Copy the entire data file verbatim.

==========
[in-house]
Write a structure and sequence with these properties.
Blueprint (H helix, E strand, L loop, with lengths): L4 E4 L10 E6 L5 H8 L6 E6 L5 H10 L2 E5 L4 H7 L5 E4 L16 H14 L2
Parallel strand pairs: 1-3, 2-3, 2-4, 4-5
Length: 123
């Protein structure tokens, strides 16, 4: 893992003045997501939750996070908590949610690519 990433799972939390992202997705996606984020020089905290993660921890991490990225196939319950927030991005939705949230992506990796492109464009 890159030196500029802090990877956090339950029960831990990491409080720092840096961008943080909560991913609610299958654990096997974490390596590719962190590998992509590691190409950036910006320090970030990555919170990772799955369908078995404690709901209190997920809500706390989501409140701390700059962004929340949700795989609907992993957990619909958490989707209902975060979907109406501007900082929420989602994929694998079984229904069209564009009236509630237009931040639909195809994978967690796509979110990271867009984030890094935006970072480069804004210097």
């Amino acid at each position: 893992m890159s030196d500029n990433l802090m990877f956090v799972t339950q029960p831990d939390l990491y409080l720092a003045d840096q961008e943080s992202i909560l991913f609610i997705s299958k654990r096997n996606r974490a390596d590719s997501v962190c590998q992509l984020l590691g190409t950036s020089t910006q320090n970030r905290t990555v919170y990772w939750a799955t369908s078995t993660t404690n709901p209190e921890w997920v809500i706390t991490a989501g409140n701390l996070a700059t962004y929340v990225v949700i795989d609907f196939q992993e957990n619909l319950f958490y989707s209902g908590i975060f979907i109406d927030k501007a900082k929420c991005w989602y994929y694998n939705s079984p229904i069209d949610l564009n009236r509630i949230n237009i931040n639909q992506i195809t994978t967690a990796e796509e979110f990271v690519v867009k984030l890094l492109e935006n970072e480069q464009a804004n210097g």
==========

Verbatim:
[in-house]
Write a structure and sequence with these properties.
Blueprint (H helix, E strand, L loop, with lengths): L4 E4 L10 E6 L5 H8 L6 E6 L5 H10 L2 E5 L4 H7 L5 E4 L16 H14 L2
Parallel strand pairs: 1-3, 2-3, 2-4, 4-5
Length: 123
């Protein structure tokens, strides 16, 4: 893992003045997501939750996070908590949610690519 990433799972939390992202997705996606984020020089905290993660921890991490990225196939319950927030991005939705949230992506990796492109464009 890159030196500029802090990877956090339950029960831990990491409080720092840096961008943080909560991913609610299958654990096997974490390596590719962190590998992509590691190409950036910006320090970030990555919170990772799955369908078995404690709901209190997920809500706390989501409140701390700059962004929340949700795989609907992993957990619909958490989707209902975060979907109406501007900082929420989602994929694998079984229904069209564009009236509630237009931040639909195809994978967690796509979110990271867009984030890094935006970072480069804004210097």
């Amino acid at each position: 893992m890159s030196d500029n990433l802090m990877f956090v799972t339950q029960p831990d939390l990491y409080l720092a003045d840096q961008e943080s992202i909560l991913f609610i997705s299958k654990r096997n996606r974490a390596d590719s997501v962190c590998q992509l984020l590691g190409t950036s020089t910006q320090n970030r905290t990555v919170y990772w939750a799955t369908s078995t993660t404690n709901p209190e921890w997920v809500i706390t991490a989501g409140n701390l996070a700059t962004y929340v990225v949700i795989d609907f196939q992993e957990n619909l319950f958490y989707s209902g908590i975060f979907i109406d927030k501007a900082k929420c991005w989602y994929y694998n939705s079984p229904i069209d949610l564009n009236r509630i949230n237009i931040n639909q992506i195809t994978t967690a990796e796509e979110f990271v690519v867009k984030l890094l492109e935006n970072e480069q464009a804004n210097g």